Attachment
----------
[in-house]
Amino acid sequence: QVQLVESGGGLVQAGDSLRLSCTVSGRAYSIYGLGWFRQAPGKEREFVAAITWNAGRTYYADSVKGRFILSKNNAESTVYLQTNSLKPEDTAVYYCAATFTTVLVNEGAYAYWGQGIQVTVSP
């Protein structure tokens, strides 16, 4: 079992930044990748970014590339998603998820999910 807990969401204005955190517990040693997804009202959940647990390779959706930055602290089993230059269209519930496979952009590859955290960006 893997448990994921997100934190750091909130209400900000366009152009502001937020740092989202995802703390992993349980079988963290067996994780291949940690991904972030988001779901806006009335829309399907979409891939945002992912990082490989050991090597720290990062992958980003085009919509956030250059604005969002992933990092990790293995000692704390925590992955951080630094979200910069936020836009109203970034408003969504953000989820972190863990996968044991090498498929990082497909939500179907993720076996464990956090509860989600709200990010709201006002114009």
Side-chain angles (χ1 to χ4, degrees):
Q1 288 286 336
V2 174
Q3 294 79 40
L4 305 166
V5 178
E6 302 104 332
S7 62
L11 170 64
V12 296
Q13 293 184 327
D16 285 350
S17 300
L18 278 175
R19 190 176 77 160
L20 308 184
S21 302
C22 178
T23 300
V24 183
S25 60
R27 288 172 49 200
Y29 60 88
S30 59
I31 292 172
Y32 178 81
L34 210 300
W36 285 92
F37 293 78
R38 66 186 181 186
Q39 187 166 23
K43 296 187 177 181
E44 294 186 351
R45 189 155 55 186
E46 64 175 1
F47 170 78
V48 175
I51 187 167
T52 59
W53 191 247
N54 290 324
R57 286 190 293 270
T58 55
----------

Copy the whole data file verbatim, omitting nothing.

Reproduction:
[in-house]
Amino acid sequence: QVQLVESGGGLVQAGDSLRLSCTVSGRAYSIYGLGWFRQAPGKEREFVAAITWNAGRTYYADSVKGRFILSKNNAESTVYLQTNSLKPEDTAVYYCAATFTTVLVNEGAYAYWGQGIQVTVSP
């Protein structure tokens, strides 16, 4: 079992930044990748970014590339998603998820999910 807990969401204005955190517990040693997804009202959940647990390779959706930055602290089993230059269209519930496979952009590859955290960006 893997448990994921997100934190750091909130209400900000366009152009502001937020740092989202995802703390992993349980079988963290067996994780291949940690991904972030988001779901806006009335829309399907979409891939945002992912990082490989050991090597720290990062992958980003085009919509956030250059604005969002992933990092990790293995000692704390925590992955951080630094979200910069936020836009109203970034408003969504953000989820972190863990996968044991090498498929990082497909939500179907993720076996464990956090509860989600709200990010709201006002114009």
Side-chain angles (χ1 to χ4, degrees):
Q1 288 286 336
V2 174
Q3 294 79 40
L4 305 166
V5 178
E6 302 104 332
S7 62
L11 170 64
V12 296
Q13 293 184 327
D16 285 350
S17 300
L18 278 175
R19 190 176 77 160
L20 308 184
S21 302
C22 178
T23 300
V24 183
S25 60
R27 288 172 49 200
Y29 60 88
S30 59
I31 292 172
Y32 178 81
L34 210 300
W36 285 92
F37 293 78
R38 66 186 181 186
Q39 187 166 23
K43 296 187 177 181
E44 294 186 351
R45 189 155 55 186
E46 64 175 1
F47 170 78
V48 175
I51 187 167
T52 59
W53 191 247
N54 290 324
R57 286 190 293 270
T58 55